Very Valentino is an extremely compelling, refined and classic – almost old-school - fragrance for men, excelling both in quality and class. It is sadly discontinued and seems pricey these days, I won’t take the responsibility to encourage you to spend too much for this (it’s really good for me, but not a masterpiece) but if you happen to find some nice deals, then it’s worth it, even blind. At first it may resemble to many other masculine designers from the late 1990s-early 2000s, as the bolder initial notes are basically sandalwood, lavender, resins and something slightly floral on the “dark” greenish side (carnation), so think of a sort of sweet-aromatic Oriental blend mostly centered on woods and lavender – like many others, as I said. But at the same time, a couple of features make it clear there’s much more, and more unique, going on; first, the quality of the materials seems to me decidedly higher than in the average mainstreams. It’s hard to explain why, it’s a matter of richness, texture, nuances which are most of the times completely absent in cheaper concoctions. It’s that same fulfilling feel many vintages give you, contrary to the boring flatness of many contemporary scents. Then, I think the composition is really accurate and clever, if not almost outstanding: the notes smell clear, neat, quality, some of them are even contrasting yet the blend is impressively tight and consistent. Dark and refined, but also sweet and gentle. Discreetly safe, but unique. One of those (rare) scents you can wear and forget about them, or keep sniffing them to enjoy nuances and transitions – something you can’t really do with cheap stuff.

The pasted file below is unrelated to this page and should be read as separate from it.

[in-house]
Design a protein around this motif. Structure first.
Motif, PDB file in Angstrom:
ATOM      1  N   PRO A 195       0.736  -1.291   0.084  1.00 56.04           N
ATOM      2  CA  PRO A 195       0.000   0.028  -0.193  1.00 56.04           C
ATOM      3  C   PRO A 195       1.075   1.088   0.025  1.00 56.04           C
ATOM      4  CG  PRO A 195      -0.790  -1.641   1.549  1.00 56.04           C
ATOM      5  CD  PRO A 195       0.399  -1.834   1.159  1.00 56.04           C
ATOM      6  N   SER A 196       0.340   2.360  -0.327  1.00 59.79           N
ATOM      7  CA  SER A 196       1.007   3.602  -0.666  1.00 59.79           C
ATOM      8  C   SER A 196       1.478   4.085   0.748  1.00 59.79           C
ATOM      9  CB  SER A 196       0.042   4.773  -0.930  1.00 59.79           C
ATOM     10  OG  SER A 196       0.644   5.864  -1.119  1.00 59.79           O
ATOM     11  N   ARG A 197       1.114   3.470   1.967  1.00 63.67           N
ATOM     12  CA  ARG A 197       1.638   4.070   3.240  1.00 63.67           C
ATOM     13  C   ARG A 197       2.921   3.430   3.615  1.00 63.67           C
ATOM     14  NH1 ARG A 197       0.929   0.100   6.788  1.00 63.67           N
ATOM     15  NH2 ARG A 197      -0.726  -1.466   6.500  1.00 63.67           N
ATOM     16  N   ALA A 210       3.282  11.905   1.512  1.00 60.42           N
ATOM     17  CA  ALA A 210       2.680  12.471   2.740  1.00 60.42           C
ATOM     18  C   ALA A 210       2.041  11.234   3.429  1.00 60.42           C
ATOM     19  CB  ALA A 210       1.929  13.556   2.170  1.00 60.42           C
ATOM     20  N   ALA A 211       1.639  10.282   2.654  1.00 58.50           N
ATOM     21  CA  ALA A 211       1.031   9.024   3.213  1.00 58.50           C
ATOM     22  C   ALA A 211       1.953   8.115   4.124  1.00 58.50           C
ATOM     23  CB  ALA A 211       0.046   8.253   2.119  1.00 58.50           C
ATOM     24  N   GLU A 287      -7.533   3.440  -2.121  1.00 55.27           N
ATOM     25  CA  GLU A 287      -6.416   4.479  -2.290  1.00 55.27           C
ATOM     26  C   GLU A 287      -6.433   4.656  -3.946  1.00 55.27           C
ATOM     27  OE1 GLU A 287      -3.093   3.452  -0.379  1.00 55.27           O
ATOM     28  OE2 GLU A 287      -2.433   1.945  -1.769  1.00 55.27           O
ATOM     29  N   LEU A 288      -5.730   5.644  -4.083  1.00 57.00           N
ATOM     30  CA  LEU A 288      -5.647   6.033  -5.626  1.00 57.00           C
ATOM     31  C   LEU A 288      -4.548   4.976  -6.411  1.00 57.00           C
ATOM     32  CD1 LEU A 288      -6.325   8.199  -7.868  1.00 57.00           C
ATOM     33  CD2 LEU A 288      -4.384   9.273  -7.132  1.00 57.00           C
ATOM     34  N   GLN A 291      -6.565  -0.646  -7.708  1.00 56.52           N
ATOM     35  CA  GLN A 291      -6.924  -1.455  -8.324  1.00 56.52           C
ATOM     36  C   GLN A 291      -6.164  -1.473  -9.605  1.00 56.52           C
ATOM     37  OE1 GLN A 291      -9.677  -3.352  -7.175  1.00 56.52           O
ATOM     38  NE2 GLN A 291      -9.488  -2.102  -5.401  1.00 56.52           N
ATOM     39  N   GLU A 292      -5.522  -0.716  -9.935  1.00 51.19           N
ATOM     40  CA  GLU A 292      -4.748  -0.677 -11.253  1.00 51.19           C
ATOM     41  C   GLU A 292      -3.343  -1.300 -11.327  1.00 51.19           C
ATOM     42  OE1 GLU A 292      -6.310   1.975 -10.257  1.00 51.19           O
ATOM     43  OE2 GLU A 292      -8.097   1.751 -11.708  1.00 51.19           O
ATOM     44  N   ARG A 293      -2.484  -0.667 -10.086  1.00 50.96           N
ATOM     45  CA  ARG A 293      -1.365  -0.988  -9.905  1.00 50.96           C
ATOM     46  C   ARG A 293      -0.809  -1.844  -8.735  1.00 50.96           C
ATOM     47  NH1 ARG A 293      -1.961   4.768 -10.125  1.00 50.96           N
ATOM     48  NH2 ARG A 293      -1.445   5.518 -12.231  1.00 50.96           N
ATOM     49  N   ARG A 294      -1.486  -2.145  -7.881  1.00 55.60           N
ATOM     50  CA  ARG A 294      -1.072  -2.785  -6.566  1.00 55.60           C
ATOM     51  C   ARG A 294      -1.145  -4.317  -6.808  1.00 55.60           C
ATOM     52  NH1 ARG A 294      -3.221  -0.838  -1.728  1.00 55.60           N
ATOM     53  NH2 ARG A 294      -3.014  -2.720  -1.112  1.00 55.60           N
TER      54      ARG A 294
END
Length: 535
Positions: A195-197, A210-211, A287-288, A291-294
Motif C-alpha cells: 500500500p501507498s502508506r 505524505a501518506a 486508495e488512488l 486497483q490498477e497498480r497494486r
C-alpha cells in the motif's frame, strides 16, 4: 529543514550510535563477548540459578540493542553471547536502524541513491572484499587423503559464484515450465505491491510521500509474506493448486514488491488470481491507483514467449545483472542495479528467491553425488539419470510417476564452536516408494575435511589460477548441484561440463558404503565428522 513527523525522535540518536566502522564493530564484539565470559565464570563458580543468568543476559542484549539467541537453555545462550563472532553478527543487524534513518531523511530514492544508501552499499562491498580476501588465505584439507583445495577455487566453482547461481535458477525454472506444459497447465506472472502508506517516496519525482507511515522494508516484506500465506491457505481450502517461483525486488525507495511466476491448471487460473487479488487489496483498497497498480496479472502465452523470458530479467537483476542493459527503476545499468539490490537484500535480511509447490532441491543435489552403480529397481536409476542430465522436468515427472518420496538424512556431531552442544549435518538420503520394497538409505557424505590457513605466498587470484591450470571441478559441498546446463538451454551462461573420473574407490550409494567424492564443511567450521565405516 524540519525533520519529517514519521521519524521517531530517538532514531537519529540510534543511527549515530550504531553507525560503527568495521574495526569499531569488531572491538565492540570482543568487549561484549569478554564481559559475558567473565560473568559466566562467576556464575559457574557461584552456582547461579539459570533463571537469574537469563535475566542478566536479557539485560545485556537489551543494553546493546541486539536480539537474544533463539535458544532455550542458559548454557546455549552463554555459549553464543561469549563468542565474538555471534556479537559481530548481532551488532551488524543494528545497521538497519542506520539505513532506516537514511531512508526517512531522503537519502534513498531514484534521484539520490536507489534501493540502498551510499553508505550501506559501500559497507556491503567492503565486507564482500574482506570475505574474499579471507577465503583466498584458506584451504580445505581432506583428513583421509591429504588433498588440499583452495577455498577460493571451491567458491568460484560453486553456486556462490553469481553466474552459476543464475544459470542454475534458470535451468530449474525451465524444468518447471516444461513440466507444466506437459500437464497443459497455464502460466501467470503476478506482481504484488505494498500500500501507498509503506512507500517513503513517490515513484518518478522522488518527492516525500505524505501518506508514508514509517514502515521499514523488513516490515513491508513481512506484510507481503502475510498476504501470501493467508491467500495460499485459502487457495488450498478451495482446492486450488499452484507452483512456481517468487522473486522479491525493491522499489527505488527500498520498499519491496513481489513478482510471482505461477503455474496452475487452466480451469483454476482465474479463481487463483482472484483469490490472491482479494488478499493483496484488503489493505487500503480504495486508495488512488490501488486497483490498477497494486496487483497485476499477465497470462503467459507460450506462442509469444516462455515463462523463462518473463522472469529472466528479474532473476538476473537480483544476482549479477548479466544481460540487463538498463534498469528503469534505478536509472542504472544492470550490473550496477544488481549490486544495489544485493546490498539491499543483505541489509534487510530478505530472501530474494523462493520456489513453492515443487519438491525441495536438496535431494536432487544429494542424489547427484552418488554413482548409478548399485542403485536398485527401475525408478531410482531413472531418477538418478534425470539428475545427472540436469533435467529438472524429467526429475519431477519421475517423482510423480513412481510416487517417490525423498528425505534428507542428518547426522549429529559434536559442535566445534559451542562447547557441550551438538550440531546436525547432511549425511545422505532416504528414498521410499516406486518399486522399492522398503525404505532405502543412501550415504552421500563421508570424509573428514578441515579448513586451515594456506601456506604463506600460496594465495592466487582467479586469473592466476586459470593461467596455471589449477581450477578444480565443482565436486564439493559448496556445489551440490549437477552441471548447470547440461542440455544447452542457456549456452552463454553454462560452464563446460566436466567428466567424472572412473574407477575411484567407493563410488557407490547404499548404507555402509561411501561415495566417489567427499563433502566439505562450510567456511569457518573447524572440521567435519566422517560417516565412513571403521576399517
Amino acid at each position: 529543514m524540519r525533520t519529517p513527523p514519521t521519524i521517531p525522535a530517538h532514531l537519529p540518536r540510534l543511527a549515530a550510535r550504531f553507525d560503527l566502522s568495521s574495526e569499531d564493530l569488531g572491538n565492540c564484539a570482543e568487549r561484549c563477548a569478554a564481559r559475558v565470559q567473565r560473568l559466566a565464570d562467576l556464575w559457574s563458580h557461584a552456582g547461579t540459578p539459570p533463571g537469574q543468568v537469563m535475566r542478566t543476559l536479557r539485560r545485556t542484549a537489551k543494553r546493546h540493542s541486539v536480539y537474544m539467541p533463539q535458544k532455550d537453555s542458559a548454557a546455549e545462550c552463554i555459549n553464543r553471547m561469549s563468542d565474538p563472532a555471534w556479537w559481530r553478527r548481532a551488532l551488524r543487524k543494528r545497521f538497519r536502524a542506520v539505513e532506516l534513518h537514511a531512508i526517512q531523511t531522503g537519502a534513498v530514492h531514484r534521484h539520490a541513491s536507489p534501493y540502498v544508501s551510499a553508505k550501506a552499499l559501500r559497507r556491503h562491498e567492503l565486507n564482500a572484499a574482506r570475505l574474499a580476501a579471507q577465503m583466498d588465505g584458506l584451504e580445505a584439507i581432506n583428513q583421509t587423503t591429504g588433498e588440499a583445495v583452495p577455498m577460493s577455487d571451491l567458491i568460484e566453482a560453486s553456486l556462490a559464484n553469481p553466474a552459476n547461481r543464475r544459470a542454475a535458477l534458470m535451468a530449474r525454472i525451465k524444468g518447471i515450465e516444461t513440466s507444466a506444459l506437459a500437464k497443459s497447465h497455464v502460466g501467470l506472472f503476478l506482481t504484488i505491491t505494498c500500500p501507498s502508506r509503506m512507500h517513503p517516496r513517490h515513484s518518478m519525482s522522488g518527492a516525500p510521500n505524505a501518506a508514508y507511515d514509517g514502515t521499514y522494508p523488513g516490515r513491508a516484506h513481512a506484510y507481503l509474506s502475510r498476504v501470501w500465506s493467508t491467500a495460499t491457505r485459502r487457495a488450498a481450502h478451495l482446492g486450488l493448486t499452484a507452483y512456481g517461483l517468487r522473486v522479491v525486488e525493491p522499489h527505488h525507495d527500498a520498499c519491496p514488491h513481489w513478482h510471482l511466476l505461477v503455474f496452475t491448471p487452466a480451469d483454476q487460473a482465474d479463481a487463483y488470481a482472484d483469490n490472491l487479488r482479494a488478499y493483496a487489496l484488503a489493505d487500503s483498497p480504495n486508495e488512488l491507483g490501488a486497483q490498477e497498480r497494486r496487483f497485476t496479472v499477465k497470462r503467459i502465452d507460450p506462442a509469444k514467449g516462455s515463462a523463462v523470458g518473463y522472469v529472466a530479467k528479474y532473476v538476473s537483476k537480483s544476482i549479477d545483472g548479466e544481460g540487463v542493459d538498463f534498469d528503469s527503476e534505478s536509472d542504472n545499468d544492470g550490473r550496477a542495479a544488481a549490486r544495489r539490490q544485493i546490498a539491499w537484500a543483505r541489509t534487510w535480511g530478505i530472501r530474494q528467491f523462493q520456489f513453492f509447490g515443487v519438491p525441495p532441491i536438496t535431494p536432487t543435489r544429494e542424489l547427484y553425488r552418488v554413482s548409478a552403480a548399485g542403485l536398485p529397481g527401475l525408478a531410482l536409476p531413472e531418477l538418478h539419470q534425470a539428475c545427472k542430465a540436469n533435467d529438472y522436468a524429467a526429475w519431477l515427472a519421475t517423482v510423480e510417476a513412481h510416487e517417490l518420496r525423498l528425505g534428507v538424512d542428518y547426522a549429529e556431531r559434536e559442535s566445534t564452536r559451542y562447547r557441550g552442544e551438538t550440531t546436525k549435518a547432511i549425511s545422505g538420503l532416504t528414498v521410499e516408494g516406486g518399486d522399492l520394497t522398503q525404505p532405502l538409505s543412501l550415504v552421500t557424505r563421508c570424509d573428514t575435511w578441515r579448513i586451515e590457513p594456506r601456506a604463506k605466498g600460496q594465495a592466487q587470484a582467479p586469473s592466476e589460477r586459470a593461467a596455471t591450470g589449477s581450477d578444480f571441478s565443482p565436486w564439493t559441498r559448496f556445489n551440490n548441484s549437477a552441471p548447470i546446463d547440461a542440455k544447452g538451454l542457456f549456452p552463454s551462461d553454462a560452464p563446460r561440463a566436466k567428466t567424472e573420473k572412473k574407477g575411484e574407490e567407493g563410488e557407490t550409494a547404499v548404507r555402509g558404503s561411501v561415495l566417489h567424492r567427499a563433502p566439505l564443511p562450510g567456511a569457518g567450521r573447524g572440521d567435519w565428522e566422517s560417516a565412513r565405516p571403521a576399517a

Sweet, almost “candied” ambery resins brilliantly give weight and warmth to a really enjoyable and breezy top accord of aromatic herbs, something minty-anisic, the bitter-floral greenness of carnation, the masculine whiff of classic lavender enhanced by sage. Dark and bright, classic but modern. Tobacco is a key note here, and for once it’s a really crisp and substantial “real” tobacco note, leafy and earthy, the mellow, dry, “virile” aroma of grounded tobacco (and not that idiotic, juvenile sweet nonsense so many “tobacco” fragrances are entirely based on). Probably the best mainstream tobacco note I’ve ever experienced. The drydown comprises an amazing transition towards a darker, earthier blend more centered on mellow amber, lavender, a (quite conventional) musky base, smooth dry woods (something really aromatic and slightly exotic, part sandalwood and part something else I can’t detect) and tobacco. Even if the notes are different, I keep thinking of Gérard Anthony style, especially Azzaro pour Homme and Cristobal Homme by Balenciaga, with also some connections with vintage Hermès Equipage. I think there’s quite something in common with all of them (probably tobacco and the masculine aromatic-anisic fougère notes of lavender and sage). By Man by D&G? Sure a bit of that too, incomparably better here. Full support, and shame on Valentino for discontinuing this. And now for the bad news... The persistence is a bit crap. It doesn’t last that long, and it is quite a skin scent. But this is sophisticated mature stuff to enjoy intimately, so that fits the style of the fragrance. Recommended!